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Wisconsin State Cranberry Growers Association / Wisconsin State Cranberry Growers' Association. Forty-seventh annual meeting, Wisconsin Rapids, Wisconsin, December 14, 1933. Forty-seventh summer convention, Wisconsin Rapids, Wisconsin, August 8, 1933
(1933)

Whittlesey, S. N.
Cranberry history of the town of Cranmoor,   pp. 40-41 PDF (571.1 KB)


Page 41


WISCONSIN CRANBERRY GROWERS' ASSOCIATION 41
-were Theodore Bearss, a Berlin man of high ideals, located a mile
south of me and Ralph Smith, a collegian, lawyer and secluded gentle-
man two miles north of me.
There were no railroads, no wagon roads, and the walking was ter-
rible. We had heard there was a place on the map somewhere called
Grand Rapids but we had never seen it. We knew Necedah, but we
did not know it was our most inaccessible point.
Early in 1872 people began to filter in hunting the cranberry El-
dorado. William Skeel from Pine River and the Warner boys, broth-
ers of Mat Bearss, Dayton R. Burr, Biggest and McNish and Kendell
and Blackstone, from Berlin-the plague center.
Arthur Bennett, a freckled faced boy just out of school at Appleton,
and his illustrious sire with Cape Cod information and perhaps ex-
perience, had started a transformation in the sage brush and moss
just south of Ralph Smith in 1880, and heralded A. C. Bennett and
son. M. 0. Potter, a slender scion of those early days has outstrip-
ped most of us as his early purpose planned. The Gaynors succeeded
or supplanted Biggest and McNish and Blackstone and Kendall. J. J.
Emmerick grew up with the Gaynors. Mr. and Mrs. Geo. Scott were
early settlers, so were the Rezins, Robert, Richard and Dan. The
Searles brothers were pioneers and their shadow never grew less.
In 1873, H. W. Remington, who dispensed the destinies of the com-
munity on the Yellow River, a few miles west of us, came in from
Tomah with the Wisconsin Valley Railroad, almost by our door. We
got a side track and station. They named it Bearss, in honor of our
leading citizen. Later years Mrs. W. H. Fitch disliked the name be-
cause wits and wags persisted in writing an extra vowel in the word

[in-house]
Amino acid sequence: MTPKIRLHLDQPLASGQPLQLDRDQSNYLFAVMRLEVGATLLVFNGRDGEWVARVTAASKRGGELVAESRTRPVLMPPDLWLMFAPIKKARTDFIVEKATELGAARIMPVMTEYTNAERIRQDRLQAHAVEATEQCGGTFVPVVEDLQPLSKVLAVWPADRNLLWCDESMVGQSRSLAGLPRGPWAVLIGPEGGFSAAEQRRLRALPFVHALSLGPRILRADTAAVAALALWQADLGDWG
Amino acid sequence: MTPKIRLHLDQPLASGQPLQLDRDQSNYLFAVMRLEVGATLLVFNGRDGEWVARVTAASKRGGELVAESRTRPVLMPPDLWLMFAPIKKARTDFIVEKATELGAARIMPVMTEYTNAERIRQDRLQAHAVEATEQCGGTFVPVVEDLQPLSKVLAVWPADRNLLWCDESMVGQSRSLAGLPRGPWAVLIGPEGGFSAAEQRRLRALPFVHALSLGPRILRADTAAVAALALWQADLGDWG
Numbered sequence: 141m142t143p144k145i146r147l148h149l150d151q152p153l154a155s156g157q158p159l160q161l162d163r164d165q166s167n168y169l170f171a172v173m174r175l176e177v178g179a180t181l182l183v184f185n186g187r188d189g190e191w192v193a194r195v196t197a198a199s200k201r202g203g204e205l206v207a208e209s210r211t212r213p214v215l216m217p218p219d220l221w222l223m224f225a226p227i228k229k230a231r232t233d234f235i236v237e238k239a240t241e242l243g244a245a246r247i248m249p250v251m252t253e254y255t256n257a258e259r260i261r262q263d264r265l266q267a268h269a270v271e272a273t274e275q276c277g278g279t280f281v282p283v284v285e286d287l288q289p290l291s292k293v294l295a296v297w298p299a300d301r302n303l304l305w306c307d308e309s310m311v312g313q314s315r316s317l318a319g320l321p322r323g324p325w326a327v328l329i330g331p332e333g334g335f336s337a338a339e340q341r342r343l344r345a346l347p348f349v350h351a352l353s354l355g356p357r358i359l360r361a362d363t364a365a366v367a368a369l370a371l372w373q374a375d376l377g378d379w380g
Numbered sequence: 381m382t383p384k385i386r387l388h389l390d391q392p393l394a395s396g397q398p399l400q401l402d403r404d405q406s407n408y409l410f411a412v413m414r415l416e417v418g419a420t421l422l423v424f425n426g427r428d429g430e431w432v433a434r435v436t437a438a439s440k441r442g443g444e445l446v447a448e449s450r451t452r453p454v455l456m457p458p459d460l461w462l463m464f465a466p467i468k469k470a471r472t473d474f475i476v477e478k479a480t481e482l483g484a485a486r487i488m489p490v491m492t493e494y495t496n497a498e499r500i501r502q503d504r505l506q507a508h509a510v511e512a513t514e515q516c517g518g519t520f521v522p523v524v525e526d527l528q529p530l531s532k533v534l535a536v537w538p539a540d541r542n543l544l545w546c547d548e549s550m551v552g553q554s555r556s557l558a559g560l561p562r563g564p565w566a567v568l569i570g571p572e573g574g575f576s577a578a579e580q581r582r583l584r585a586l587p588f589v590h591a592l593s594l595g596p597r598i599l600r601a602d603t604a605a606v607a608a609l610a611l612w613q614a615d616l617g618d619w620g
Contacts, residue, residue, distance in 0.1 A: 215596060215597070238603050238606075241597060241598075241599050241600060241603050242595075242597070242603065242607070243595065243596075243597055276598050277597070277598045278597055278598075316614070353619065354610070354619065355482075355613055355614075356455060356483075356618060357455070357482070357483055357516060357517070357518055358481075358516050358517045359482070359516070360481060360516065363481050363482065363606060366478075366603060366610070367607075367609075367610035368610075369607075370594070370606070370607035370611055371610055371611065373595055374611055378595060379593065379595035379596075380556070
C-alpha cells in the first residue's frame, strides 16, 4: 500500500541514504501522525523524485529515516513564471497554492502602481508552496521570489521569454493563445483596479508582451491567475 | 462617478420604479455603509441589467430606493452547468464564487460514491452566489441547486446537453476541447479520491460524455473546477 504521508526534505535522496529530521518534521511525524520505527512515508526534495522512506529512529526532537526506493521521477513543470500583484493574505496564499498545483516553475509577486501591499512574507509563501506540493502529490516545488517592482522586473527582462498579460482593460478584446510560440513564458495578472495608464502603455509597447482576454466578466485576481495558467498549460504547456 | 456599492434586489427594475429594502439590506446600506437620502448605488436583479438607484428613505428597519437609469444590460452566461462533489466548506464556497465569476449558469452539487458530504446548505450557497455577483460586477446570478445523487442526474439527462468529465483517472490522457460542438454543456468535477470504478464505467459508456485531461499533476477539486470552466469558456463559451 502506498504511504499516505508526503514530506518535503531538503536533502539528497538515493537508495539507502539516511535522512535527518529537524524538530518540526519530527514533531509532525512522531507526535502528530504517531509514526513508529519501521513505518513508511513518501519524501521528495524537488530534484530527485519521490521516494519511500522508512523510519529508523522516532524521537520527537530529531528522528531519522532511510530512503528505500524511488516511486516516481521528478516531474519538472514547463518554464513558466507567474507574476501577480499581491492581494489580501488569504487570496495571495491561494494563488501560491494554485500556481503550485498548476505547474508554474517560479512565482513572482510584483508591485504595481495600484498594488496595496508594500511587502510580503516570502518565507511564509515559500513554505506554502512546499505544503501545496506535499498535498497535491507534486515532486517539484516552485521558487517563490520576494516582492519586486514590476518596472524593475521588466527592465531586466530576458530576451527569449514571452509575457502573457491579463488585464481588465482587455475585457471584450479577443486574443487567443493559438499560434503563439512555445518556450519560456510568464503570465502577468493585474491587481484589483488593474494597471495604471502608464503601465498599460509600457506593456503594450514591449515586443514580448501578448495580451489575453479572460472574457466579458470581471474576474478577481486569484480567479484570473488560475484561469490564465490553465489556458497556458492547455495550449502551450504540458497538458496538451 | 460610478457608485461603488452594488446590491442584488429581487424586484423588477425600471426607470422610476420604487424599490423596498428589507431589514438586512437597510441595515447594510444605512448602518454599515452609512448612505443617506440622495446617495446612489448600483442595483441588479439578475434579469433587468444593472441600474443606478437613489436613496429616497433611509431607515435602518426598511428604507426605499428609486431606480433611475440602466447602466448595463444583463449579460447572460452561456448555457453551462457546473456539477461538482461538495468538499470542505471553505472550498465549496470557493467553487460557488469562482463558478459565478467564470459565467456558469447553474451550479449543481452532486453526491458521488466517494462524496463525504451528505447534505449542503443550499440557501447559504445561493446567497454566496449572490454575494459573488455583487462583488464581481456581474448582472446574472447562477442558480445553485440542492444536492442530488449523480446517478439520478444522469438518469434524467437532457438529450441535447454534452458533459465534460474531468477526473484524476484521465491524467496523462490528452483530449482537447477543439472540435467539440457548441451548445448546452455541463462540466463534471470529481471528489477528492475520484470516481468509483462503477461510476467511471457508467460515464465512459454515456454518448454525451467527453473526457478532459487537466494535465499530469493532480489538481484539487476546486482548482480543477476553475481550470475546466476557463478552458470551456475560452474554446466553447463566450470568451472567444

where it would do the most mischief. Mrs. Fitch persuaded the Rail-
road and the post office department to change the name to Cranmoor.
John Arpin the venerable could drive a horse drawn vehicle from
his city home to Pine Lodge, my log house, then he must walk a mile
or two to his marsh. He used to leave his two little boys, Dan and
Ermon with Mrs. Whittlesey, and she would play the piano for them
while the father was gone. They said they had never seen a piano
before. Will wonders never cease?
Railroad rivalry was rife and first we knew the Green Bay and
Western had built a line across our cranberry kingdom from east to
west.
One day the writer, being still young and unencumbered, assayed
to walk to the county seat, via Ralph Smith's wooden railroad built on
stilts and the Green Bay and Western railways. At a domicile be-
side the track we met Andrew Searles, who apologized for not inviting
us in to eat because a girl baby had just arrived, and not yet been
given audience with strangers, but had been given the name of Mayme
Searles. It must have pleased her for we have never heard that she
ever found one that pleased her better.
To you looking forward it may look a long way from youth to old
age, but looking back it seems too brief. On the whole. it is good, as
good generally as we choose to make it. Co-operation helps a lot.
Cranberry growing in Wisconsin is not a snap. I have been at it
for nearly 63 years. I have found it necessary to put back into the
plantation for upkeep and improvements all the returns I get over a
very modest living. Most of us are still in debt, and without our very
efficient marketing organization that every grower is in duty bound
to join, we could not even live.


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